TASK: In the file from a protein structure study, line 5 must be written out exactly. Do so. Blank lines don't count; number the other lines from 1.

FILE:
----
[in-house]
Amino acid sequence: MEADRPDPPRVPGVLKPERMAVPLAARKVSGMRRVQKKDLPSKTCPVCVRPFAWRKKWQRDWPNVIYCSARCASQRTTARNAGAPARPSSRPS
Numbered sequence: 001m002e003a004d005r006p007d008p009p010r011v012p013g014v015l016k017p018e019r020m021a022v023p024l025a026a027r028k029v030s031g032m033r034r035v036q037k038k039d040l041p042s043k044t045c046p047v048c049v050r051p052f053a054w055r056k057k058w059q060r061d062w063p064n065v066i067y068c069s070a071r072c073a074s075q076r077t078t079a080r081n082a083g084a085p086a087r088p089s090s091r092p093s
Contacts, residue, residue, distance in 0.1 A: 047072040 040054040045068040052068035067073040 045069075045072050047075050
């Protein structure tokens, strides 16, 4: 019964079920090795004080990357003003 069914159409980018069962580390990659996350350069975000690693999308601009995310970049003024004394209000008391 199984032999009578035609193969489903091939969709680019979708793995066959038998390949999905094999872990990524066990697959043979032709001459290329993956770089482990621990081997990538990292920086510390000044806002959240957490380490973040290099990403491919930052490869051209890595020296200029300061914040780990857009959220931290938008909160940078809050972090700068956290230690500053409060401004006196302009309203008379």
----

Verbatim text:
């Protein structure tokens, strides 16, 4: 019964079920090795004080990357003003 069914159409980018069962580390990659996350350069975000690693999308601009995310970049003024004394209000008391 199984032999009578035609193969489903091939969709680019979708793995066959038998390949999905094999872990990524066990697959043979032709001459290329993956770089482990621990081997990538990292920086510390000044806002959240957490380490973040290099990403491919930052490869051209890595020296200029300061914040780990857009959220931290938008909160940078809050972090700068956290230690500053409060401004006196302009309203008379």